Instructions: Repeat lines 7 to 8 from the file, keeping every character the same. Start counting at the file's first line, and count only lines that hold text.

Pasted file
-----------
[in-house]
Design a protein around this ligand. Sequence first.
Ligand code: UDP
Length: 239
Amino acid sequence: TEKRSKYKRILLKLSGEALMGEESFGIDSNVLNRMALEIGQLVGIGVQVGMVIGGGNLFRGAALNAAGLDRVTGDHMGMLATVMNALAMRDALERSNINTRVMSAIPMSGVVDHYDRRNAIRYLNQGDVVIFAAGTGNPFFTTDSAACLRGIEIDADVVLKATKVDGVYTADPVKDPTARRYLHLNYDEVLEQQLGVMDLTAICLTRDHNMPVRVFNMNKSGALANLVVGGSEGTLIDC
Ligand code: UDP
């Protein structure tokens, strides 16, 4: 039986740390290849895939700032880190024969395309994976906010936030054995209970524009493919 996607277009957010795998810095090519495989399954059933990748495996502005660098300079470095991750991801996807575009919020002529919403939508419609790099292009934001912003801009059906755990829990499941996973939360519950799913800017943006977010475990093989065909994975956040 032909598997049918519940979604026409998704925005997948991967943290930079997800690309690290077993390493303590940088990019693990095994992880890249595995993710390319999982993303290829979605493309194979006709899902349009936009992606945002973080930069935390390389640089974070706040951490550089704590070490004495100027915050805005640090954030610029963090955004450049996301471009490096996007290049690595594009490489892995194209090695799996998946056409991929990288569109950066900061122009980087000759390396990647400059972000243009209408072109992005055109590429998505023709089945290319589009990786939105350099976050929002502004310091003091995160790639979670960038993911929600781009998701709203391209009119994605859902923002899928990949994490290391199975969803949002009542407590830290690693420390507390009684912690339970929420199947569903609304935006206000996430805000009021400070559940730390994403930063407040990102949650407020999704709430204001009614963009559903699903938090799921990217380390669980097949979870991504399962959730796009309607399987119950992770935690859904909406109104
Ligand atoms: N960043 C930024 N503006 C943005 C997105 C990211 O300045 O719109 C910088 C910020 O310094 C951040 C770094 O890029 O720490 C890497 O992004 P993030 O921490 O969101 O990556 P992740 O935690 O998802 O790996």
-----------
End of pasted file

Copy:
């Protein structure tokens, strides 16, 4: 039986740390290849895939700032880190024969395309994976906010936030054995209970524009493919 996607277009957010795998810095090519495989399954059933990748495996502005660098300079470095991750991801996807575009919020002529919403939508419609790099292009934001912003801009059906755990829990499941996973939360519950799913800017943006977010475990093989065909994975956040 032909598997049918519940979604026409998704925005997948991967943290930079997800690309690290077993390493303590940088990019693990095994992880890249595995993710390319999982993303290829979605493309194979006709899902349009936009992606945002973080930069935390390389640089974070706040951490550089704590070490004495100027915050805005640090954030610029963090955004450049996301471009490096996007290049690595594009490489892995194209090695799996998946056409991929990288569109950066900061122009980087000759390396990647400059972000243009209408072109992005055109590429998505023709089945290319589009990786939105350099976050929002502004310091003091995160790639979670960038993911929600781009998701709203391209009119994605859902923002899928990949994490290391199975969803949002009542407590830290690693420390507390009684912690339970929420199947569903609304935006206000996430805000009021400070559940730390994403930063407040990102949650407020999704709430204001009614963009559903699903938090799921990217380390669980097949979870991504399962959730796009309607399987119950992770935690859904909406109104
Ligand atoms: N960043 C930024 N503006 C943005 C997105 C990211 O300045 O719109 C910088 C910020 O310094 C951040 C770094 O890029 O720490 C890497 O992004 P993030 O921490 O969101 O990556 P992740 O935690 O998802 O790996």